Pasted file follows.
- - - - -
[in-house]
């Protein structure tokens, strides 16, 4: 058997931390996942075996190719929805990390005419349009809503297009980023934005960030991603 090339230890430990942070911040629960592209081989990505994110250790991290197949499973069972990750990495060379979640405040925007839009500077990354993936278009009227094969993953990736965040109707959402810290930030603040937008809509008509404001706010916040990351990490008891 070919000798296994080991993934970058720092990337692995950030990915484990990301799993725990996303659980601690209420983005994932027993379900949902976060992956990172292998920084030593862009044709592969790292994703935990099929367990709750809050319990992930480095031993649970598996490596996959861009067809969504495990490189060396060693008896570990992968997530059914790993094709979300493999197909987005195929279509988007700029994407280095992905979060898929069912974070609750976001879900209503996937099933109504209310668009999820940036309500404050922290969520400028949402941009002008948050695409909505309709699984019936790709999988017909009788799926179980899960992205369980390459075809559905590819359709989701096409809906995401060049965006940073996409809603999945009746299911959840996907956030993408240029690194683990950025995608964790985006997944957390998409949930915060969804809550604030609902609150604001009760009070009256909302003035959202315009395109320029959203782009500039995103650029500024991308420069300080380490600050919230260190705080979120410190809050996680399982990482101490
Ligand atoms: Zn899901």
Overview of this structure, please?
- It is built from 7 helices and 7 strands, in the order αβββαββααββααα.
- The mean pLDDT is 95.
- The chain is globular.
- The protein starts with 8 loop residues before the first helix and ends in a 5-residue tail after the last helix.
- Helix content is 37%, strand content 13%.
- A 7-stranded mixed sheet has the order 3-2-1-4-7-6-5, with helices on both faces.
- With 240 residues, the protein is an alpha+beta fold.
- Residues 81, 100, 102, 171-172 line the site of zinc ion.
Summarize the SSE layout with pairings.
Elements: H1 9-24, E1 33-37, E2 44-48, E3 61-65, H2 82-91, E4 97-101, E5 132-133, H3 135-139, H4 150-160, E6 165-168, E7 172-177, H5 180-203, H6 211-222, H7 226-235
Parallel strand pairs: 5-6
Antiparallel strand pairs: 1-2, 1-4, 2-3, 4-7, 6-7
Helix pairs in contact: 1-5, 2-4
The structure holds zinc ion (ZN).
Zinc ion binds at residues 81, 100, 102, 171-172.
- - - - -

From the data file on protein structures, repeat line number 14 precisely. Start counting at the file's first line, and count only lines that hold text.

Elements: H1 9-24, E1 33-37, E2 44-48, E3 61-65, H2 82-91, E4 97-101, E5 132-133, H3 135-139, H4 150-160, E6 165-168, E7 172-177, H5 180-203, H6 211-222, H7 226-235